I've spent a while thinking about what to title this - dwarf hamsters and diabetes? How to spot if a dwarf hamster has diabetes? How we're treating our hamster with diabetes? But I think this pretty accurately sums up how confused and lost I was about the whole thing.
A couple of months ago I got a new baby Russian dwarf hamster who's named Doris, and has the sweetest temperament out of the five hamsters we're had. She doesn't bite or hide away or pee all over you (RIP Jeff). But a couple of weeks in I noticed that she was drinking a LOT of water - about one bottle every two days. Diabetes is quite common in Russian dwarfs, so it's always well worth looking out for them drinking too much combined with eating more than you'd expect and being a bit more lethargic. We'd put her not being as active as our last hamsters down to her still being quite young, but combined with the sheer quantity of water she was getting through, it was worth a phone call to the vets.
This was the start of what felt like a very stressful week of being permanently at the vets. We had to take a wee sample in (which was v difficult to get hold of as you can imagine) - I rushed across our town to the vets in the fear that it would evaporate by time I got there and the whole ordeal of getting the sample would be wasted! The vets do a urine sample first to check the hamster's sugar levels. As with humans, when their bodies can't absorb/handle sugar, they end up becoming much more thirsty so that they drink more water that can flush the sugars out.
Little Doris' sample came back with a very high sugar reading. We then had to take her in to be examined - they checked her weight, made sure she wasn't dehydrated and talked us through what we needed to do to handle her diabetes. It's something that can get out of control quite easily, and we were told to look out for a few key issues to make sure she's not going downhill: she could lose weight very rapidly, stop grooming her fur properly and spend much more time sleeping and looking very lethargic if it's not going so well.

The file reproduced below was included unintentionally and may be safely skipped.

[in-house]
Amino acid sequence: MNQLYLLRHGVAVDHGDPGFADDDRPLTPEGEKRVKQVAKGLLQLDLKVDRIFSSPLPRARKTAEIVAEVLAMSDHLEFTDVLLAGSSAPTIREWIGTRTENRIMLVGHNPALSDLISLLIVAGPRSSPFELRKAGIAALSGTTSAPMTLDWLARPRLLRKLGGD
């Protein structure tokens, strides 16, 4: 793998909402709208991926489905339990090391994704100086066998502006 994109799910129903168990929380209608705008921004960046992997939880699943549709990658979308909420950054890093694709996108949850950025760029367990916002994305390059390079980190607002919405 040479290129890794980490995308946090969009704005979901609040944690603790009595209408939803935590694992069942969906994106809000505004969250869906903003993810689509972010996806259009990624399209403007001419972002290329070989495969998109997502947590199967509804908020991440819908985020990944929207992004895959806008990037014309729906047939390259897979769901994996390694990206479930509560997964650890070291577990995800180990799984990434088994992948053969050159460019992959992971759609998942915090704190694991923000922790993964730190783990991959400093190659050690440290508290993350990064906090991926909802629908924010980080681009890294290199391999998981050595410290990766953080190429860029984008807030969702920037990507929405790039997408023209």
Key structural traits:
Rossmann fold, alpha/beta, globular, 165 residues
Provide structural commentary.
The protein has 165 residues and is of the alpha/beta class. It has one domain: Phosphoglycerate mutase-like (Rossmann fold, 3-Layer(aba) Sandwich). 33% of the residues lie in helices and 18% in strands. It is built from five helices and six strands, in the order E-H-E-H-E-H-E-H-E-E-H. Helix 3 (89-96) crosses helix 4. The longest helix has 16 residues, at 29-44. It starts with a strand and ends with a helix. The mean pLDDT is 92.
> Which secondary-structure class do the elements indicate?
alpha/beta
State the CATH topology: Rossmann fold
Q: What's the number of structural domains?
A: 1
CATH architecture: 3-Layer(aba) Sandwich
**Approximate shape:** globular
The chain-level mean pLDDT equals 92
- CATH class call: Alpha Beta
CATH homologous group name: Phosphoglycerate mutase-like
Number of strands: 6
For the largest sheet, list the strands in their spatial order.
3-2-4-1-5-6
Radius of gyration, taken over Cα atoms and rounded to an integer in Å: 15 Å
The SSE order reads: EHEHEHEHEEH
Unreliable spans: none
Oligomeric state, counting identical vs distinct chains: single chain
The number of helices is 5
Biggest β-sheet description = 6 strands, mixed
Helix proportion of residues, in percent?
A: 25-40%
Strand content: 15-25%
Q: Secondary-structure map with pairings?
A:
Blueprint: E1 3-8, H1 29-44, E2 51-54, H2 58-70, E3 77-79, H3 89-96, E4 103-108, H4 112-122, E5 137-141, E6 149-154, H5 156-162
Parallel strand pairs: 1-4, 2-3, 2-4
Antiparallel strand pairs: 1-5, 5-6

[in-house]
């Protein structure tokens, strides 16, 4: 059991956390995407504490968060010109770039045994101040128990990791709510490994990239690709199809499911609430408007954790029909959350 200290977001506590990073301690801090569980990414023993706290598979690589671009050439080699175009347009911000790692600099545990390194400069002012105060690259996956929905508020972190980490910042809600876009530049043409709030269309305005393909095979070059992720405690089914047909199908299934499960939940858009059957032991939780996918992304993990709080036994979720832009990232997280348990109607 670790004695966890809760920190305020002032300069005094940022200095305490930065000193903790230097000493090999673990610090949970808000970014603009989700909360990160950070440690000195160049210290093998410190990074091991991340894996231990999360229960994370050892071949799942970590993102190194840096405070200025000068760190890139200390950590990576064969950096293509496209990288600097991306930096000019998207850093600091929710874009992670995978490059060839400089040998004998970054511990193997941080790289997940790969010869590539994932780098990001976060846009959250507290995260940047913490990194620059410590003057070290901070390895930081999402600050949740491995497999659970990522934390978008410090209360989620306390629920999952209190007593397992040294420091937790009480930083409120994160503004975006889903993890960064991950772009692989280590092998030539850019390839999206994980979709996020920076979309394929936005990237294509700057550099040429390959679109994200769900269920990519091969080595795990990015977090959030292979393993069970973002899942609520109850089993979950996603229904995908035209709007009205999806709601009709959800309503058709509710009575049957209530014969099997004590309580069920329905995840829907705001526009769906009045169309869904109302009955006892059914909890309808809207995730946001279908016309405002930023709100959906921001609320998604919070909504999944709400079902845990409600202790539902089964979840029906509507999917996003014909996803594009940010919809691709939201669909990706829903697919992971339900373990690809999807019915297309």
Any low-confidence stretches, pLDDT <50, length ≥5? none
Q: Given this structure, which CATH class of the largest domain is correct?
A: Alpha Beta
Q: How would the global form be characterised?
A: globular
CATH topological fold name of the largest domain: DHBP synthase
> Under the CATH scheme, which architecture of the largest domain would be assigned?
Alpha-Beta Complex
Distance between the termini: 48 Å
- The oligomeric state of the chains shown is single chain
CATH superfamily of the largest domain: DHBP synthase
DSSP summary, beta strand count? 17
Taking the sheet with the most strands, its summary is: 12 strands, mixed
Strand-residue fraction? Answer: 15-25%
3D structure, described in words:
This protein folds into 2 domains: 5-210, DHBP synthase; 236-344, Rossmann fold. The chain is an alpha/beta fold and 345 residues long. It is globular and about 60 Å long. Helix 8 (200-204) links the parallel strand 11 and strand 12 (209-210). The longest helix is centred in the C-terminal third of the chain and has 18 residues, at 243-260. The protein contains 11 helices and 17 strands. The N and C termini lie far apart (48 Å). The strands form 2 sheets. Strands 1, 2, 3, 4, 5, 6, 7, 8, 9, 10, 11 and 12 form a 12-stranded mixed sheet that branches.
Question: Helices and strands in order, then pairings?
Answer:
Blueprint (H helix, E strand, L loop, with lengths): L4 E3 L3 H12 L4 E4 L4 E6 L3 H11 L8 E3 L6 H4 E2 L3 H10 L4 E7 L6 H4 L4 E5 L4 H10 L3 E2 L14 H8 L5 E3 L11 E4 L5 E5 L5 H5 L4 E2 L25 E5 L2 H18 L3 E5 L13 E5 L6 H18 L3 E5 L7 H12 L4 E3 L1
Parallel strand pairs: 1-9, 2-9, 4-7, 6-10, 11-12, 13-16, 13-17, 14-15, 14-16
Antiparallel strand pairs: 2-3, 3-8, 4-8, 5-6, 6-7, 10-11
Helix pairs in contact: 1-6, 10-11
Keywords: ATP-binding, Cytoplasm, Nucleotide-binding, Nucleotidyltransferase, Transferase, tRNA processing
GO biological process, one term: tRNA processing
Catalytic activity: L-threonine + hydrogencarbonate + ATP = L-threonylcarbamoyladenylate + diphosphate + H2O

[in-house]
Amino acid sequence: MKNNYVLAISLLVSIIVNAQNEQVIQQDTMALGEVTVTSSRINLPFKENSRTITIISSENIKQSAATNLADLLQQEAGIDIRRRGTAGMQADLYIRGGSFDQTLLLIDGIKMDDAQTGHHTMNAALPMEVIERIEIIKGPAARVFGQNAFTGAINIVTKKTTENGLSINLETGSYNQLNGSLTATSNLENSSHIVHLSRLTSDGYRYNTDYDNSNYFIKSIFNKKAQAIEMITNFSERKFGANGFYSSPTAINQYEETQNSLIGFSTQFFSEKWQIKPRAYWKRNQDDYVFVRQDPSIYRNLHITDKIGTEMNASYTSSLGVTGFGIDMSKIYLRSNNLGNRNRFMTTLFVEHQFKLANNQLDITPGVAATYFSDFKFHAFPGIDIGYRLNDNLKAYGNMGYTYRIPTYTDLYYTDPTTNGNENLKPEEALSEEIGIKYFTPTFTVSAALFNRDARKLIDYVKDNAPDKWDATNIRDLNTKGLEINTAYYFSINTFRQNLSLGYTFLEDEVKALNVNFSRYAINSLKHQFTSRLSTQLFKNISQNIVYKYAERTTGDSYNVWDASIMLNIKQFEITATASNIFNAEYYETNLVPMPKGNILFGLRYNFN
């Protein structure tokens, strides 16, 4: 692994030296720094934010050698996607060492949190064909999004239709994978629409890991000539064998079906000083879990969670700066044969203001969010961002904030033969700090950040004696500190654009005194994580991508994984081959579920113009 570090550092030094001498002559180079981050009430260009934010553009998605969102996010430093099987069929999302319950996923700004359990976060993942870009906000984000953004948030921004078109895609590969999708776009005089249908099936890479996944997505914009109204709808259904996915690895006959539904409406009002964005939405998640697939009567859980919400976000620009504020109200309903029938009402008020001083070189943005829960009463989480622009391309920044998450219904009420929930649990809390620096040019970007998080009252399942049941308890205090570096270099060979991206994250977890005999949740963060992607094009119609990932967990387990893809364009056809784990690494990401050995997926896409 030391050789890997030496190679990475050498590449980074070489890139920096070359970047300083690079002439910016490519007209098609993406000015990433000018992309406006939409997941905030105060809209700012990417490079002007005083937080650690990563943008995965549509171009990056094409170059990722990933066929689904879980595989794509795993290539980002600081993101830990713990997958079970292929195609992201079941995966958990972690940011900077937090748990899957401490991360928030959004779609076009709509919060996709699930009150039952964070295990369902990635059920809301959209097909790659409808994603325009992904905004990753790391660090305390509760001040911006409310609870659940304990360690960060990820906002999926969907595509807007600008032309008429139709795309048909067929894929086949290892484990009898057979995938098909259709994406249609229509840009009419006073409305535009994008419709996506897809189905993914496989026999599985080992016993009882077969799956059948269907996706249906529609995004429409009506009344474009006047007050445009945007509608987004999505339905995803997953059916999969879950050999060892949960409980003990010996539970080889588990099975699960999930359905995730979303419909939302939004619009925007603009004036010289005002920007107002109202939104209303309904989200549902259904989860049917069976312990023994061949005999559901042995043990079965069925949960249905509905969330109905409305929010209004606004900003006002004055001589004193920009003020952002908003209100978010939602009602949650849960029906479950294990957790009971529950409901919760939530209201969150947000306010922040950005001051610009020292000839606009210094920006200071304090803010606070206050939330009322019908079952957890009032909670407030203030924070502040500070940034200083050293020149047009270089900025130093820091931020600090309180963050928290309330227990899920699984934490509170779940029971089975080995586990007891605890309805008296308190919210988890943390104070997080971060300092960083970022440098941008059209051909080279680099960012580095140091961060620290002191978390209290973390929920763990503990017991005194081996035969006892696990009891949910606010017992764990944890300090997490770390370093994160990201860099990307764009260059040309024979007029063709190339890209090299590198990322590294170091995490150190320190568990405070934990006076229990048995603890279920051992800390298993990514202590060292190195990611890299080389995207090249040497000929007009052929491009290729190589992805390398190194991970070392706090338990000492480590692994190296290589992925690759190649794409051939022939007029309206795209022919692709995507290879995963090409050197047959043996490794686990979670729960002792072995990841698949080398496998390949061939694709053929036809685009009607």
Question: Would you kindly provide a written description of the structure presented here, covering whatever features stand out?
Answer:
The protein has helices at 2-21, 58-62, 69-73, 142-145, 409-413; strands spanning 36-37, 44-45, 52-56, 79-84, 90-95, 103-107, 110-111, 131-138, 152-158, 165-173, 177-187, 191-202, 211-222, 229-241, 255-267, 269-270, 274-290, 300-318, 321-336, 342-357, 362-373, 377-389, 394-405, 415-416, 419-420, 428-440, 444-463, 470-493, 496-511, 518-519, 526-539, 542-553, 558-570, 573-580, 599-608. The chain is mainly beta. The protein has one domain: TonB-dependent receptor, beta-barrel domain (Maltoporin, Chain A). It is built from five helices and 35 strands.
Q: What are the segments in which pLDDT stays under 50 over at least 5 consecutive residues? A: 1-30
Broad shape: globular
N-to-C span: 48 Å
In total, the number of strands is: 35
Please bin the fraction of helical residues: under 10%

We were advised to take her off of pellets immediately and switch to a diet of vegetables and protein: the main 'safe' foods that we gave her were boiled or scrambled egg (mostly the white with a little yolk and obviously nothing added to the scrambled ones), tofu, broccoli, spinach and celery. It's important to make sure they're not getting too much and leaving it to rot in their cage, but also not too late as they can lose weight so quickly.
The next step to make sure the issue with Doris really was diabetes was to have a blood test. Because she's so small (only about 40g!), they sedated her so that taking the blood didn't make her too stressed and result in an accident. The blood test showed that the fresh food diet was working, but that she was diabetic. We've now switched her to a brand of hamster pellets recommended by the vets that is suitable for her needs. The Science Selective hamster food is the one we were told to buy, and she seems to be much better on it. She's now got a whole lot more energy, loves her new food and isn't drinking anywhere near as excessively!
It was definitely worth talking to our vets about our concerns with her. Diabetes in dwarf hamsters can make them very ill very quickly if they're not getting the care they need.